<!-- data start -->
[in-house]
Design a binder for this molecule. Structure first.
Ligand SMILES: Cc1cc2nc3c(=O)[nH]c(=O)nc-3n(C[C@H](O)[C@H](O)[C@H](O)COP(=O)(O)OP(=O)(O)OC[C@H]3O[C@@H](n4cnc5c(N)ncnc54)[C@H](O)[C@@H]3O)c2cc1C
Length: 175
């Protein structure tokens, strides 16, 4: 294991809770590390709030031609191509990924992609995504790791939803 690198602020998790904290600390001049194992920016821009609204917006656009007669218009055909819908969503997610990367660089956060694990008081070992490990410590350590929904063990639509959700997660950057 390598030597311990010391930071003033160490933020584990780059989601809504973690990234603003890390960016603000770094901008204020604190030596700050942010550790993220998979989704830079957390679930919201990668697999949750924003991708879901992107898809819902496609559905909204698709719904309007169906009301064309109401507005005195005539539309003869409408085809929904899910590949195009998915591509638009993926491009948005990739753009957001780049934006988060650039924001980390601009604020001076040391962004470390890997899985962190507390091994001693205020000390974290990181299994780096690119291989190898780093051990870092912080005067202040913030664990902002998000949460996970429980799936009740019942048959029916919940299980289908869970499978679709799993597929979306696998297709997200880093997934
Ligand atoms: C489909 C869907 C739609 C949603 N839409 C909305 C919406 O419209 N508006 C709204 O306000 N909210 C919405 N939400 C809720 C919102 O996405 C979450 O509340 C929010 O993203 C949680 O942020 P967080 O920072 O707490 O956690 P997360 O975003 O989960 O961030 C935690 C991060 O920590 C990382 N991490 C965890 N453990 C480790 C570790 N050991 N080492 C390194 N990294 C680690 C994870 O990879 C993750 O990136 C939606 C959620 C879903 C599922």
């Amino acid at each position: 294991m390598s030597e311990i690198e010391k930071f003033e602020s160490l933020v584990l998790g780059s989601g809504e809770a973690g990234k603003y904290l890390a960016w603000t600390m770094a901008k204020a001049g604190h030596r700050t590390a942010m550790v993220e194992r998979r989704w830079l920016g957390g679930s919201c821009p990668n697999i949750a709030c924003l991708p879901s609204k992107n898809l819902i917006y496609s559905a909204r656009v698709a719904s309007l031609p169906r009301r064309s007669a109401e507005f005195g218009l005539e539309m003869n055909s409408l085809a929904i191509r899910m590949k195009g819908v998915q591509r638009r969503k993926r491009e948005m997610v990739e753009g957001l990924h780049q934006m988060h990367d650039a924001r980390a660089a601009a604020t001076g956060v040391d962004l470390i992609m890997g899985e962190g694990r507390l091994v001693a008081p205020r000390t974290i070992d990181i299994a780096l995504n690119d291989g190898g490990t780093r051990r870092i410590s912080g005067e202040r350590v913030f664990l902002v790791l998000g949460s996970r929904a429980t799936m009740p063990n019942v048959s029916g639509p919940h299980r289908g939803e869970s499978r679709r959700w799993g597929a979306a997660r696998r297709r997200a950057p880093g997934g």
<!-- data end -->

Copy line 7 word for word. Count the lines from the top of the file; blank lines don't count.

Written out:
């Amino acid at each position: 294991m390598s030597e311990i690198e010391k930071f003033e602020s160490l933020v584990l998790g780059s989601g809504e809770a973690g990234k603003y904290l890390a960016w603000t600390m770094a901008k204020a001049g604190h030596r700050t590390a942010m550790v993220e194992r998979r989704w830079l920016g957390g679930s919201c821009p990668n697999i949750a709030c924003l991708p879901s609204k992107n898809l819902i917006y496609s559905a909204r656009v698709a719904s309007l031609p169906r009301r064309s007669a109401e507005f005195g218009l005539e539309m003869n055909s409408l085809a929904i191509r899910m590949k195009g819908v998915q591509r638009r969503k993926r491009e948005m997610v990739e753009g957001l990924h780049q934006m988060h990367d650039a924001r980390a660089a601009a604020t001076g956060v040391d962004l470390i992609m890997g899985e962190g694990r507390l091994v001693a008081p205020r000390t974290i070992d990181i299994a780096l995504n690119d291989g190898g490990t780093r051990r870092i410590s912080g005067e202040r350590v913030f664990l902002v790791l998000g949460s996970r929904a429980t799936m009740p063990n019942v048959s029916g639509p919940h299980r289908g939803e869970s499978r679709r959700w799993g597929a979306a997660r696998r297709r997200a950057p880093g997934g």